Beingcolored and poor is very deadly because it makes an individualvulnerable to police and prosecutorial delinquency and incompetentand inexperienced defense attorneys. Therefore, the criminal justicesystem is essentially broken since it is unable to provide equality.It is highly unlikely for a wealthy citizen who has committed acapital offense to receive the death penalty.
EdwardKoch is one of the many individuals who support the death penalty.According to the essay: Deathand Justice: How Capital Punishment Affirms Life, Kochbelieves that the death penalty is necessary in society (Koch 483).Moreover, capital punishment forces an offender to appreciate thetrue importance of life. However, this is a distorted perspectivebecause capital punishment is an irreversible form of punishment andthe offender does not get to learn anything because he or she is soondead. According to Bruce Fein who is a constitutional lawyer, capitalpunishment is necessary because it “honors human dignity”. Bruceclaims that human life is valuable and there needs to be punitivemeasures for anyone who chooses to dishonor that dignity (Ehrlich58). While this perspective is true, killing an offender is a meansof creating a chain of murder in a broken system which is full ofhuman error. Retribution is not a means of honoring life because itdoes the direct opposite because offenders are also human beings whoare subject to the same dignity.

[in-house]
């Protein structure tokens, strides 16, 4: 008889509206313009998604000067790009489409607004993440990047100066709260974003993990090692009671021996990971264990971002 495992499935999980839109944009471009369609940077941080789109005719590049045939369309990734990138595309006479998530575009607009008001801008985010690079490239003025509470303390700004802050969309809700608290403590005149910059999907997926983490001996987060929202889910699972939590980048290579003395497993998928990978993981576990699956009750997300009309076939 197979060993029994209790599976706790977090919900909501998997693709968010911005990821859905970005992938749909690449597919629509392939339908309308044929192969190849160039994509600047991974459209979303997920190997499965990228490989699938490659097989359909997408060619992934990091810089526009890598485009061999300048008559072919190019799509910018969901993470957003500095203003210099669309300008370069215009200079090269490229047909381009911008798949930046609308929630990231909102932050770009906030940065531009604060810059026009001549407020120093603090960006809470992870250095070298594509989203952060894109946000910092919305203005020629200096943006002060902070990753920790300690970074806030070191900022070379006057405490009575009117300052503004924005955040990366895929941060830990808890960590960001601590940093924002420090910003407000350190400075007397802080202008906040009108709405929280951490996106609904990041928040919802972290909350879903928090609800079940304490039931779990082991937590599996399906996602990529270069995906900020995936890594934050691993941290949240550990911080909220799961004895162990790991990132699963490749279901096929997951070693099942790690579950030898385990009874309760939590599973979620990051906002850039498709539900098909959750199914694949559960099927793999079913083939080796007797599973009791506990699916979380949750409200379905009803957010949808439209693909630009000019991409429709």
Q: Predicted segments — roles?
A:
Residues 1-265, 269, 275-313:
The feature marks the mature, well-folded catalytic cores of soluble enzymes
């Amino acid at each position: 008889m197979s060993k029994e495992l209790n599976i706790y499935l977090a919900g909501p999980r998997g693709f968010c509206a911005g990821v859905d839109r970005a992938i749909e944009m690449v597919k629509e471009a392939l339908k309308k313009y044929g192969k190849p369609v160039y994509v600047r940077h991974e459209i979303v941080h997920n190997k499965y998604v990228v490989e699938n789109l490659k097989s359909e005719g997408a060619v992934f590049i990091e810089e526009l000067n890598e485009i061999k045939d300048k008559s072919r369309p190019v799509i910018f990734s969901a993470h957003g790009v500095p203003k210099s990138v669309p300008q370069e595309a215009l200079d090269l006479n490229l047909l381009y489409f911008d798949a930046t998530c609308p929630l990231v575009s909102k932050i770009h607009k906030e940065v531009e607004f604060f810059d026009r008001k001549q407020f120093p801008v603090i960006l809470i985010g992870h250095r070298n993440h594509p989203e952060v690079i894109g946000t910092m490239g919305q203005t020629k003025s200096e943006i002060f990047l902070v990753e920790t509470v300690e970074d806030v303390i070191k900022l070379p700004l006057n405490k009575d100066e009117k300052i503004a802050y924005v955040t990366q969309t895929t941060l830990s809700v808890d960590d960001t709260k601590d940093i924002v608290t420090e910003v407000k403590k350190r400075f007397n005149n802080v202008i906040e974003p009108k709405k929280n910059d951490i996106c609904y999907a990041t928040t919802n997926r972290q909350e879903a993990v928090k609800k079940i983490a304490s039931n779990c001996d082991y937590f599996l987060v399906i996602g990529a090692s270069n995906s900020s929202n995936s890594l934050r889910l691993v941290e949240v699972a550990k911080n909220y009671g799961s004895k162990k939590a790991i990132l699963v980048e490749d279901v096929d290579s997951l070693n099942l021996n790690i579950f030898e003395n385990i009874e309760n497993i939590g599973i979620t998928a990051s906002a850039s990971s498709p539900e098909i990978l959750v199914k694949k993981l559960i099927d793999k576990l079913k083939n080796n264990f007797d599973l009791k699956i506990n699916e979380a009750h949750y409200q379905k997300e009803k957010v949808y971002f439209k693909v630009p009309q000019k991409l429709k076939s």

Inconclusion, capital punishment is wrong and should be abolished fromsociety. A closer look reveals that human error and discriminationmake capital punishment unfair and unethical. Capital punishment isonly a means of retribution which leaves people destroys. In the endcapital punishment only further hampers the society’s moral fiber.
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Ehrlich,Isaac. "The deterrent effect of capital punishment: A questionof life and death." (1973).
Evans,Richard J. Ritualsof Retribution: capital punishment in Germany, 1600-1987.Oxford University Press on Demand, 1996.
Fitzpatrick,Kirk. "Gregg v. Georgia (1976)." TheEncyclopedia of Civil Liberties in America(2015): 427.
Koch,Edward I. "Death and justice: How capital punishment affirmslife." TheNew Republic (1985):13-15.
GARIOLA,AMANDA. "Our Obsession with Bad."
Greenhouse,Linda. "Death Penalty Is Renounced by Blackmun." NYTimes Al (Feb 23, 1994) (1994).
Prejean,Helen. Deadman walking: An eyewitness account of the death penalty in the United States.Vintage, 1994.